Typically, the car manufacturer’s individual repair manuals will list the suitable adhesive products by name and part number. These are the glues that meet specifications to restore the door skin to OEM condition. But once past the recommendation to attach door skin panels with glue, vehicle manufacturers take very different paths.
And the OEMs Say …
Ford Motor Company makes careful note of the distinction between weld bonding and adhesive bonding. Weld bonding uses glue in conjunction with resistance spot welds. The American Welding Society (AWS) defines weld bonding as “a resistance spot welding process variation in which the spot weld strength is augmented by adhesive at the faying surfaces.” Adhesive bonding depends on the glue alone to hold the panels together.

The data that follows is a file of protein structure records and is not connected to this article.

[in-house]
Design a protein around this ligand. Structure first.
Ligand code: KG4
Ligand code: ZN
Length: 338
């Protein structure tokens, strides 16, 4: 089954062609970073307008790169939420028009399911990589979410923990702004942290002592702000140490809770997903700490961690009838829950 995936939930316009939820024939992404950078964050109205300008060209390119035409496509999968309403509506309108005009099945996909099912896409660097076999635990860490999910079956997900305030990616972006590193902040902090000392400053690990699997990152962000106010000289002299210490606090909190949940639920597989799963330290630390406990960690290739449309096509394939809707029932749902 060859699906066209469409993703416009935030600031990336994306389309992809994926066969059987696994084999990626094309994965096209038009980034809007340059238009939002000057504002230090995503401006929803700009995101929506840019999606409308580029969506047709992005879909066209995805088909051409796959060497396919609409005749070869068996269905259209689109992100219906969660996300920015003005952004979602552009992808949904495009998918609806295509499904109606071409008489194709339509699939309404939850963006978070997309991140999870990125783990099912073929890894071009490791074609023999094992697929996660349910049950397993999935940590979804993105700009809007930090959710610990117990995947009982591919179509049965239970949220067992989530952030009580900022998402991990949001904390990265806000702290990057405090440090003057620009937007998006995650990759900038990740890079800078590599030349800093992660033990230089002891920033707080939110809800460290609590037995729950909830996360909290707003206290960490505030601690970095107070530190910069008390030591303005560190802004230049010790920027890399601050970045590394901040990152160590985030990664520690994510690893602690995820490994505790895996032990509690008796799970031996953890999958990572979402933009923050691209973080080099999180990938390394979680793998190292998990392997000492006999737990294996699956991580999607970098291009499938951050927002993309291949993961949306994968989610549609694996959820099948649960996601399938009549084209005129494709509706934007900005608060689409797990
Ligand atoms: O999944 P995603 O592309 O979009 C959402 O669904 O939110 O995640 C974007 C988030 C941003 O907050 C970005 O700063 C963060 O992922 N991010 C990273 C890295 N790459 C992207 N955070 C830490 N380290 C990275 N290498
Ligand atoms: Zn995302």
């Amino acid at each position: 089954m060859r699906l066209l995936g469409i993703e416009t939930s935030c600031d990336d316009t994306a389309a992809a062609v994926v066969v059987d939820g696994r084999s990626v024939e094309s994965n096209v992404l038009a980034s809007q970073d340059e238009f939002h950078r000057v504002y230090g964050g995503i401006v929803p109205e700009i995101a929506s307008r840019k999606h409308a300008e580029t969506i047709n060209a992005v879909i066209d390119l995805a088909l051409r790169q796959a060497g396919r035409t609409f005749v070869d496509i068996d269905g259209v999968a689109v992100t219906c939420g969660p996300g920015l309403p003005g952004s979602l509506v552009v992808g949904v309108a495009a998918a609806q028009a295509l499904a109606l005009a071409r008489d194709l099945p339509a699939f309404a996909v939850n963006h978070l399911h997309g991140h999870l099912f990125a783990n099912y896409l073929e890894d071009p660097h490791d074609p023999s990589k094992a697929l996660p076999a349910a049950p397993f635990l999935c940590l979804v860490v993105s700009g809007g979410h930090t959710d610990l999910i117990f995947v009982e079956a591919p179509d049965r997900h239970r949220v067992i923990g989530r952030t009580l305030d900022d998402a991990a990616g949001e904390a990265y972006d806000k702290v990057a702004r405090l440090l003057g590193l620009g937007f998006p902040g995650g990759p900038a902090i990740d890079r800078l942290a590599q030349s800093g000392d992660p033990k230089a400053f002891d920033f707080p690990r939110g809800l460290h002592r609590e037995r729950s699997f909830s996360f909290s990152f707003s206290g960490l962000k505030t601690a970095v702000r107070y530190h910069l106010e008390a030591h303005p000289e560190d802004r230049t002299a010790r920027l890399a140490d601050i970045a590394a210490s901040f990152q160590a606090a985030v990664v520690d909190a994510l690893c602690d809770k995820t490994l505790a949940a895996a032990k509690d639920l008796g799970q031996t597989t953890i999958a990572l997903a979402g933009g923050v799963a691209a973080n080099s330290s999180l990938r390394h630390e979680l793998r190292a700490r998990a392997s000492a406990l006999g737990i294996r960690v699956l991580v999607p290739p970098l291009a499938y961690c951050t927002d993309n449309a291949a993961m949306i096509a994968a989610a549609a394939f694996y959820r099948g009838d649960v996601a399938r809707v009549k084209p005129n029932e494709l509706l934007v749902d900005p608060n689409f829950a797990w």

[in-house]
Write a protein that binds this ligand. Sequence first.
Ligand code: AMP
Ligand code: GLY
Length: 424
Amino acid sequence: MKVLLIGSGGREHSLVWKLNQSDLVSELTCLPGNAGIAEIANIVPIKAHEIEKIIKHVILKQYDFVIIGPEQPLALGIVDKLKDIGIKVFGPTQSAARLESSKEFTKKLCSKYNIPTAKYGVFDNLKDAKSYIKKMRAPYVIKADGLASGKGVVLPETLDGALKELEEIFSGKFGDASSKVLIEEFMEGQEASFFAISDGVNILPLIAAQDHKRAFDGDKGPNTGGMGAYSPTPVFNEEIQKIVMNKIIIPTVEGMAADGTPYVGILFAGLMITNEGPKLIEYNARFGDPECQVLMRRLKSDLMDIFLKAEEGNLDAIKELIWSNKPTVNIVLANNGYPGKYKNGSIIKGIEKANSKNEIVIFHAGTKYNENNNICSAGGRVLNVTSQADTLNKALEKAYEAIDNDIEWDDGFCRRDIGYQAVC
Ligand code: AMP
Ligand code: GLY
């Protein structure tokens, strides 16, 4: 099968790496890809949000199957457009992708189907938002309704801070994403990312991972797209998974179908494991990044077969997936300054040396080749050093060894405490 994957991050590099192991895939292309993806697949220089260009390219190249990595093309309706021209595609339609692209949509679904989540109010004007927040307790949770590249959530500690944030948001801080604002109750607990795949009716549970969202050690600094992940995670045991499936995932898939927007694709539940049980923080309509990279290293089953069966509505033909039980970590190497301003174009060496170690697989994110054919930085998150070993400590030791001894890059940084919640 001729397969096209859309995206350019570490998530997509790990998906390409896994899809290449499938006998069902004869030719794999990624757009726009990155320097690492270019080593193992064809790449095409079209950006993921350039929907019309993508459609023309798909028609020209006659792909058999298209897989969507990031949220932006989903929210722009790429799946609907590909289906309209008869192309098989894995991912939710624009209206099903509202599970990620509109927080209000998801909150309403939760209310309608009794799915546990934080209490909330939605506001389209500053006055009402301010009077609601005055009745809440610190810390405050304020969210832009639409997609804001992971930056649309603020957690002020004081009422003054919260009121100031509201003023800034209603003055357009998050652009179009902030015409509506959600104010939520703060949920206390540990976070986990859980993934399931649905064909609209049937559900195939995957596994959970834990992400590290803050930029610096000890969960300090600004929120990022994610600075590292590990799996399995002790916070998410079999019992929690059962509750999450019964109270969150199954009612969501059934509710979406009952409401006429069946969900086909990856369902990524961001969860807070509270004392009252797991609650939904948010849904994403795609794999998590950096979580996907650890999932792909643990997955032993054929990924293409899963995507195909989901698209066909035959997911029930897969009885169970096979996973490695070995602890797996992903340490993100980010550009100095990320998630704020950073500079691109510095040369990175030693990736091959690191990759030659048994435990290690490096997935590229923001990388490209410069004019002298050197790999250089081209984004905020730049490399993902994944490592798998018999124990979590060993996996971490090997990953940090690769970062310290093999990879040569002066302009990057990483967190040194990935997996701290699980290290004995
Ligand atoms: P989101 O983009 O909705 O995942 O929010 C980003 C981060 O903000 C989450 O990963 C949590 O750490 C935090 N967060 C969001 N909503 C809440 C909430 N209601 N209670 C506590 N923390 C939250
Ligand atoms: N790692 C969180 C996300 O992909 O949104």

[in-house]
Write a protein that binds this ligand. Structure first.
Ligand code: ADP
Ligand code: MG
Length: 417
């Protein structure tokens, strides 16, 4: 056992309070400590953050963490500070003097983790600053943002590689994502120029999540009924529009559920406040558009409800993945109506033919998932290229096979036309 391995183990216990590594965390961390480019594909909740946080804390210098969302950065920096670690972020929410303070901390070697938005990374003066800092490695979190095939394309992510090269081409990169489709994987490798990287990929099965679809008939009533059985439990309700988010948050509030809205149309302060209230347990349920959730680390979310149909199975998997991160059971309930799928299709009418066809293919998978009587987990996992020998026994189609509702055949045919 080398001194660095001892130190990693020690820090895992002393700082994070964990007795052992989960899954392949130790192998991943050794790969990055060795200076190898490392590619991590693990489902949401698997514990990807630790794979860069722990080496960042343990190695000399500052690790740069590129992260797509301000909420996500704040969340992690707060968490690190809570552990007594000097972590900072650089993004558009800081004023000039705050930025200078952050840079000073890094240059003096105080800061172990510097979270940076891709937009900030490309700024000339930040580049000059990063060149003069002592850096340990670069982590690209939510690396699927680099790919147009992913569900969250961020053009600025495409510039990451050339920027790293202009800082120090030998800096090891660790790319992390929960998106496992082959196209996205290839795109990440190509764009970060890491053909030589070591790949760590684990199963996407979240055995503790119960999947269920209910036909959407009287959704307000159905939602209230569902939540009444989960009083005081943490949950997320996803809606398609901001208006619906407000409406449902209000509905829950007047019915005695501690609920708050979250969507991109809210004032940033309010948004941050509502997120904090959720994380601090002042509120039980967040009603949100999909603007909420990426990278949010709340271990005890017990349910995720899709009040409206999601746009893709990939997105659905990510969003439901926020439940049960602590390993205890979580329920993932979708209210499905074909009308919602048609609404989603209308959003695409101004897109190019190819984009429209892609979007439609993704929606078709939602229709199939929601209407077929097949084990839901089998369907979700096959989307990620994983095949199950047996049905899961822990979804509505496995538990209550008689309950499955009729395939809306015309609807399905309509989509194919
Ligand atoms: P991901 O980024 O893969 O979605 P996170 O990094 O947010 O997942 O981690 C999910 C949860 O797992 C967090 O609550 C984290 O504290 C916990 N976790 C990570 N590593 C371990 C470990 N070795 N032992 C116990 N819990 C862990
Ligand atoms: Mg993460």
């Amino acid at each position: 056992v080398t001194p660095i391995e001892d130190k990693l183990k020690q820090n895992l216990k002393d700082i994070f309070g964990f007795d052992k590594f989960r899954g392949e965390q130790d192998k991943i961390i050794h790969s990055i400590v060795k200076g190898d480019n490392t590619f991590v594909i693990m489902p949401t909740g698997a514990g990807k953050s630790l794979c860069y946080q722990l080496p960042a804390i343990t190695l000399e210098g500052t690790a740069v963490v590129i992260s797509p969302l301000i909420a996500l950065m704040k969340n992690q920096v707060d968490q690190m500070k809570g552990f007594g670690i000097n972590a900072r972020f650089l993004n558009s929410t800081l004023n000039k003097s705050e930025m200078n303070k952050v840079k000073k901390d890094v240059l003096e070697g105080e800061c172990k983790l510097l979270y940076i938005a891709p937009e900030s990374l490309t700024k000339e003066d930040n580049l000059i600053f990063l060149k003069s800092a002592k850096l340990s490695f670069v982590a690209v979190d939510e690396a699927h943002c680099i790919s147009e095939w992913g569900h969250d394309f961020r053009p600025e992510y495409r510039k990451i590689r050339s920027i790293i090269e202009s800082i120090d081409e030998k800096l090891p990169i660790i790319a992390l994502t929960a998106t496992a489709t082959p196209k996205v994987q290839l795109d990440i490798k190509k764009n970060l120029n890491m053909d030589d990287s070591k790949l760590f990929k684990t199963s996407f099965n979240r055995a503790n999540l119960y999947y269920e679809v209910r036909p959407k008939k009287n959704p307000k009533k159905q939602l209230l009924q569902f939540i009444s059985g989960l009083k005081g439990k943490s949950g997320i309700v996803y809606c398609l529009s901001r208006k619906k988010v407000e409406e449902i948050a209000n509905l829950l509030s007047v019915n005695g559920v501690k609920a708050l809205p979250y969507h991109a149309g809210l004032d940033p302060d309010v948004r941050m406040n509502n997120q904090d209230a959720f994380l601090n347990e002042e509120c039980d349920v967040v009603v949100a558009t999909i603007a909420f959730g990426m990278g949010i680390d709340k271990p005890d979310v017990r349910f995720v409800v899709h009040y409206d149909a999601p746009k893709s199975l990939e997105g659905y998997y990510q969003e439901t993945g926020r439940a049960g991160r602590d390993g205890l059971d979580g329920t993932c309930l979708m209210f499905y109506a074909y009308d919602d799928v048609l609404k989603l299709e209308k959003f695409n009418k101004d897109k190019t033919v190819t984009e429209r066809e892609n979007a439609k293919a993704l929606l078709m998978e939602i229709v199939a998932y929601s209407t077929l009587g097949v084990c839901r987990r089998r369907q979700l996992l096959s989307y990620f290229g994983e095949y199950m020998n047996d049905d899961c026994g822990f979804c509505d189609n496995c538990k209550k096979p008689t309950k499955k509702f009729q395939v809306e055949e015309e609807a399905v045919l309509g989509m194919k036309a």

Under no current circumstances does Ford think adhesive alone is sufficient. The car maker uses structural adhesives in its manufacturing process but confines them to improving the NVH (noise/vibration/harshness) of the vehicle, but not the structural strength. Whereas many adhesive manufacturers have performed actual crash tests to establish the suitability of their products, Ford hasn’t conducted its own field tests to include the effects of humidity, temperature, salt and exposure over time on structural strength. As a result, Ford’s panel adhesive repair recommendations stop at door skin attachment.
DaimlerChrysler, on the other hand, believes that weld bonding (resistance spot welds plus structural adhesive) is not only suitable for many panels on its vehicles, but is also 50 percent faster than conventional welding. The manufacturer says the 50 percent labor savings accrues from the following time savers: No holes are drilled or punched in the panel, no cool-down period is needed, no welds are necessary to grind and finish, and no warping occurs from the wire welder’s heat.